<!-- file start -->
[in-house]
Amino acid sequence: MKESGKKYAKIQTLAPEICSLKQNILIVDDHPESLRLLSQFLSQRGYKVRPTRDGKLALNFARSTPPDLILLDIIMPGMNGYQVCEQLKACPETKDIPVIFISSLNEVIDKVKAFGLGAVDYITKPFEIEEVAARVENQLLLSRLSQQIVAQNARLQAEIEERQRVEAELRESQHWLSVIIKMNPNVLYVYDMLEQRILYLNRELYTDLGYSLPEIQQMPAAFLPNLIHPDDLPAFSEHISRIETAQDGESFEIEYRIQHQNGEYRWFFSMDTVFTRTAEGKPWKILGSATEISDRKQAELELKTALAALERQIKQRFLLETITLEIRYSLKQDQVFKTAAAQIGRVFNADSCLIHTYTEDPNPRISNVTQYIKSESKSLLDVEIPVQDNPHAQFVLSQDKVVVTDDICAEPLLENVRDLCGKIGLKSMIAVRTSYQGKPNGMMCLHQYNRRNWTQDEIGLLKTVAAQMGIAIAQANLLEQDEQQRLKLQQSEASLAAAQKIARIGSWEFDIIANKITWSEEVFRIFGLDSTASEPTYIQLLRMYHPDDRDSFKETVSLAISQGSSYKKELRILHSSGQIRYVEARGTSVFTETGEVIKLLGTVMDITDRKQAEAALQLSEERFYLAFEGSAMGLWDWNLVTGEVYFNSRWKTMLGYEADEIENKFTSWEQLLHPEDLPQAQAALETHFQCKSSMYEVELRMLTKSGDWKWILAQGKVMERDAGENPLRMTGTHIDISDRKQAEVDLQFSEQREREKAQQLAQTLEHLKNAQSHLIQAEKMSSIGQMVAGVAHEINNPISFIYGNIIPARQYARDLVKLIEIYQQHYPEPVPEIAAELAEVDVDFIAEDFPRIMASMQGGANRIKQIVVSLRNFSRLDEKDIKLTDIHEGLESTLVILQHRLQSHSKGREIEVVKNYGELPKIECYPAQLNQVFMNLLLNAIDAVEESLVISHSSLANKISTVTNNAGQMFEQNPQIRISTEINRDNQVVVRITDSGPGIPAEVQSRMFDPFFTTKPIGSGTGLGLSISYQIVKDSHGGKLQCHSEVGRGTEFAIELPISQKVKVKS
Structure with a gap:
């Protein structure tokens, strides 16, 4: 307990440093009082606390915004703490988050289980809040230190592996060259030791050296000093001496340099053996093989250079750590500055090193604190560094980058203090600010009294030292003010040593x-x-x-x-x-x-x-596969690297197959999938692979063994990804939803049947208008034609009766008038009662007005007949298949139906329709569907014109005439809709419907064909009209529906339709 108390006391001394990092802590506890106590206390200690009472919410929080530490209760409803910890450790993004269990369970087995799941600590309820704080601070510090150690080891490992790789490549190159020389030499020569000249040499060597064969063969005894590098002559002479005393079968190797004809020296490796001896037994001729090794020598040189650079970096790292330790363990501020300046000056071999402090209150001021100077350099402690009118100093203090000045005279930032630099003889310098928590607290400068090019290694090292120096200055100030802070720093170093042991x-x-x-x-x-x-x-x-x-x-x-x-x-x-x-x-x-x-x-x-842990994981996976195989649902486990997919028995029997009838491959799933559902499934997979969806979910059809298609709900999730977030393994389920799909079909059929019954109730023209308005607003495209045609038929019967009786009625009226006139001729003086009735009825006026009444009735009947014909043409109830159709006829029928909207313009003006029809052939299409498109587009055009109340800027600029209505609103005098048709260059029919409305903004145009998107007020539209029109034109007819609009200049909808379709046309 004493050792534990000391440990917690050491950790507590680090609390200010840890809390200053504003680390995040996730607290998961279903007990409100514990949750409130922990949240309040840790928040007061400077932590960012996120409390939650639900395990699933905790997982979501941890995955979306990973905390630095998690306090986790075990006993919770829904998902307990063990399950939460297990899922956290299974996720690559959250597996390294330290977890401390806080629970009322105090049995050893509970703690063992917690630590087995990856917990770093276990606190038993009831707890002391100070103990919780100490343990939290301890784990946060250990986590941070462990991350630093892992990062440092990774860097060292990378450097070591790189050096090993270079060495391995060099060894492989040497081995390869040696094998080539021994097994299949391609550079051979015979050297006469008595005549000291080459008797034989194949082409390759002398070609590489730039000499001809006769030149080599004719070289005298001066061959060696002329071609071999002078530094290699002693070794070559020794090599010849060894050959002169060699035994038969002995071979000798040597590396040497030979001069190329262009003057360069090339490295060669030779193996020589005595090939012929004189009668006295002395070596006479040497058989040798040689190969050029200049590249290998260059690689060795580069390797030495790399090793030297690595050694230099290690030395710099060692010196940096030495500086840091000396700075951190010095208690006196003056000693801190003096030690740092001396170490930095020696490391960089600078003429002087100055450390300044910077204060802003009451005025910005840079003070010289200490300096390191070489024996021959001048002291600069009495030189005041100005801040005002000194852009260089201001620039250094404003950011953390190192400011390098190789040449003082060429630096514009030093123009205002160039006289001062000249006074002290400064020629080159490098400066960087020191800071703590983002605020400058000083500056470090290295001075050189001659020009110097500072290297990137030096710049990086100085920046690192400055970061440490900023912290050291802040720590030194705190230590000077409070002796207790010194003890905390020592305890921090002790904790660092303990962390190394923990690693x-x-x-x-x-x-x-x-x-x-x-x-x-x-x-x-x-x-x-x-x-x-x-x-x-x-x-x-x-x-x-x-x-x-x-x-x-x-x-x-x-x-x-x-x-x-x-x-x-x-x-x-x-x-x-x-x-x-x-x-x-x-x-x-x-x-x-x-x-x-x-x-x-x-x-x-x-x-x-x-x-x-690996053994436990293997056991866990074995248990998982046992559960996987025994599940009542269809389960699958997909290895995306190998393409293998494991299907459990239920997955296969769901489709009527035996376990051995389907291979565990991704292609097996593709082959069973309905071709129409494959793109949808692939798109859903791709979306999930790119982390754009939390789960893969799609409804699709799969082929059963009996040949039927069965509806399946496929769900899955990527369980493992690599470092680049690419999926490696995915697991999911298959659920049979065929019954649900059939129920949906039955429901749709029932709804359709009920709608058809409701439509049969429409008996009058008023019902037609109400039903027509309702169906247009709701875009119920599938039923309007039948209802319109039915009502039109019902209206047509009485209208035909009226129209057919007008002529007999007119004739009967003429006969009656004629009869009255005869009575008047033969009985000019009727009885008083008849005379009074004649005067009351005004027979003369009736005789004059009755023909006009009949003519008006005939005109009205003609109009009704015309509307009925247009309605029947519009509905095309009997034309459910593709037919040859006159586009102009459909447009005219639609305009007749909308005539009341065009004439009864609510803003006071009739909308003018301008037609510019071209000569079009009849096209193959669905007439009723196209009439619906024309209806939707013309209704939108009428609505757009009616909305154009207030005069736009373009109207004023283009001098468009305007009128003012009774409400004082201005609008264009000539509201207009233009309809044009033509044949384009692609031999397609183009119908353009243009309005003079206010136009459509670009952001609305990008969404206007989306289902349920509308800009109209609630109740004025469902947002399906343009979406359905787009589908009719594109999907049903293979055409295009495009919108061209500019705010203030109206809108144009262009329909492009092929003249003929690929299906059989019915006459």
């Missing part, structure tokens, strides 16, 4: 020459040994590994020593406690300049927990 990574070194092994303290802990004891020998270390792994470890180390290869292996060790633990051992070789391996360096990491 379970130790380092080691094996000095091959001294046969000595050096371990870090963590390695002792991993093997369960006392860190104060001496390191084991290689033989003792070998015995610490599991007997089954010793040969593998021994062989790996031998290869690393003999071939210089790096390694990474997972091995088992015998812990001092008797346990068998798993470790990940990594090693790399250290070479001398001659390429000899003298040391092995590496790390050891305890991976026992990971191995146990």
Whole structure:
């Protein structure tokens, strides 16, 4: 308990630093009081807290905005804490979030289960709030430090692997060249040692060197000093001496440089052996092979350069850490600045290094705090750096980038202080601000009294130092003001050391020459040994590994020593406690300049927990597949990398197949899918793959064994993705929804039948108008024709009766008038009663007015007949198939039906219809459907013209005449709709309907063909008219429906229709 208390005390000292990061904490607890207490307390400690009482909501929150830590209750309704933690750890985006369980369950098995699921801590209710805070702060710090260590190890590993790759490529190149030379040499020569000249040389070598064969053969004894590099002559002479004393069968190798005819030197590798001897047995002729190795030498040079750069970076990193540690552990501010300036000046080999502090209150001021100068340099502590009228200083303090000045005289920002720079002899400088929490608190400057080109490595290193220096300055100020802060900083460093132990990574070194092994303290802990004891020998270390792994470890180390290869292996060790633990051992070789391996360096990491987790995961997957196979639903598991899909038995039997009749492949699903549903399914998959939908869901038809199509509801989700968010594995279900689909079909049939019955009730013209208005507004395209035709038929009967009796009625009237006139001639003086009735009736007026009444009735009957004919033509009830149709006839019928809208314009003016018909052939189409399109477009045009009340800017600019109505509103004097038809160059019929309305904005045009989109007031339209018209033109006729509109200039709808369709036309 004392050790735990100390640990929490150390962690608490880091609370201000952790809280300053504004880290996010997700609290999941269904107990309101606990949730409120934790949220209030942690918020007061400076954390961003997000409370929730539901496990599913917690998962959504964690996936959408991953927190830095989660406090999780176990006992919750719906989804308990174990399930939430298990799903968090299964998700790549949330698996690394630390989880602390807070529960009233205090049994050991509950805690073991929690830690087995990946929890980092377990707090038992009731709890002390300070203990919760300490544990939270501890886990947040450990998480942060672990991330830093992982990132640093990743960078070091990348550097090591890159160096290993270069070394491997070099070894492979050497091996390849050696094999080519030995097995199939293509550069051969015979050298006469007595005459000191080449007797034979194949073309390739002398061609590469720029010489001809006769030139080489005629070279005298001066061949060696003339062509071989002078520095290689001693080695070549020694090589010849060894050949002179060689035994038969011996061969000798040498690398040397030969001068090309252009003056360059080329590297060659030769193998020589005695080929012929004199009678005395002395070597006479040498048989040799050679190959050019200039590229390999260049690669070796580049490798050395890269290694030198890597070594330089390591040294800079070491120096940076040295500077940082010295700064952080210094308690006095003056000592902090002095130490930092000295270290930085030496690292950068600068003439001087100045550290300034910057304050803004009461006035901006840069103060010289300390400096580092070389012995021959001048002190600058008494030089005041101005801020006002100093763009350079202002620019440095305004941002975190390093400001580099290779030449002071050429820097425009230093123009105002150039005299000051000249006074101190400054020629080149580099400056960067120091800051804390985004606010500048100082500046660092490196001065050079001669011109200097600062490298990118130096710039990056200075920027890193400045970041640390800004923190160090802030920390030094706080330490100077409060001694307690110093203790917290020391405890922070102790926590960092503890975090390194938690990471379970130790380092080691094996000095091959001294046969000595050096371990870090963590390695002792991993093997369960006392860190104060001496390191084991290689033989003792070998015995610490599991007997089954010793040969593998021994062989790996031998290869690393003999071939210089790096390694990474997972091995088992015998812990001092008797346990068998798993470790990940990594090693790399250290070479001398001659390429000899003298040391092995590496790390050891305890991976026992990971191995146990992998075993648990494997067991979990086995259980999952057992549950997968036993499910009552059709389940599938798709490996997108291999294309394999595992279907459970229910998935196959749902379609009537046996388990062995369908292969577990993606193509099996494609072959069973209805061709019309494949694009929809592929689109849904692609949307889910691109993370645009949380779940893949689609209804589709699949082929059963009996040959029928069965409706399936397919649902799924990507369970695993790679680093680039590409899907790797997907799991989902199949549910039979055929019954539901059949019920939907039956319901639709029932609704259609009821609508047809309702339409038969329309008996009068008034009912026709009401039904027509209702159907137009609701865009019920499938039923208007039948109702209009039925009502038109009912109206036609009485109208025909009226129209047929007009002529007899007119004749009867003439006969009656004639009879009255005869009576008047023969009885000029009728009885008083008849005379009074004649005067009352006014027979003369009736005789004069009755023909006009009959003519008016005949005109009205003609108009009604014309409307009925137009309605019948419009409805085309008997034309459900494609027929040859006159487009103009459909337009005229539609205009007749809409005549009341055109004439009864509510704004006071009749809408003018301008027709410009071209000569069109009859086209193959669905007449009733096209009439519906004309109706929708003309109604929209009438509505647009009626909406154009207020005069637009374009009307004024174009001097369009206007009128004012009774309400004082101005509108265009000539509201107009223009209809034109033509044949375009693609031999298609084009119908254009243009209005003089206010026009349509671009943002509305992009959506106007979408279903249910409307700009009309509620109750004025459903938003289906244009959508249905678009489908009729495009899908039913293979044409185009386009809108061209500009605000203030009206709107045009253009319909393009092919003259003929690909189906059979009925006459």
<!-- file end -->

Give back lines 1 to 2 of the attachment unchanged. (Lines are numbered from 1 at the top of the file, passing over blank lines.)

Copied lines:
[in-house]
Amino acid sequence: MKESGKKYAKIQTLAPEICSLKQNILIVDDHPESLRLLSQFLSQRGYKVRPTRDGKLALNFARSTPPDLILLDIIMPGMNGYQVCEQLKACPETKDIPVIFISSLNEVIDKVKAFGLGAVDYITKPFEIEEVAARVENQLLLSRLSQQIVAQNARLQAEIEERQRVEAELRESQHWLSVIIKMNPNVLYVYDMLEQRILYLNRELYTDLGYSLPEIQQMPAAFLPNLIHPDDLPAFSEHISRIETAQDGESFEIEYRIQHQNGEYRWFFSMDTVFTRTAEGKPWKILGSATEISDRKQAELELKTALAALERQIKQRFLLETITLEIRYSLKQDQVFKTAAAQIGRVFNADSCLIHTYTEDPNPRISNVTQYIKSESKSLLDVEIPVQDNPHAQFVLSQDKVVVTDDICAEPLLENVRDLCGKIGLKSMIAVRTSYQGKPNGMMCLHQYNRRNWTQDEIGLLKTVAAQMGIAIAQANLLEQDEQQRLKLQQSEASLAAAQKIARIGSWEFDIIANKITWSEEVFRIFGLDSTASEPTYIQLLRMYHPDDRDSFKETVSLAISQGSSYKKELRILHSSGQIRYVEARGTSVFTETGEVIKLLGTVMDITDRKQAEAALQLSEERFYLAFEGSAMGLWDWNLVTGEVYFNSRWKTMLGYEADEIENKFTSWEQLLHPEDLPQAQAALETHFQCKSSMYEVELRMLTKSGDWKWILAQGKVMERDAGENPLRMTGTHIDISDRKQAEVDLQFSEQREREKAQQLAQTLEHLKNAQSHLIQAEKMSSIGQMVAGVAHEINNPISFIYGNIIPARQYARDLVKLIEIYQQHYPEPVPEIAAELAEVDVDFIAEDFPRIMASMQGGANRIKQIVVSLRNFSRLDEKDIKLTDIHEGLESTLVILQHRLQSHSKGREIEVVKNYGELPKIECYPAQLNQVFMNLLLNAIDAVEESLVISHSSLANKISTVTNNAGQMFEQNPQIRISTEINRDNQVVVRITDSGPGIPAEVQSRMFDPFFTTKPIGSGTGLGLSISYQIVKDSHGGKLQCHSEVGRGTEFAIELPISQKVKVKS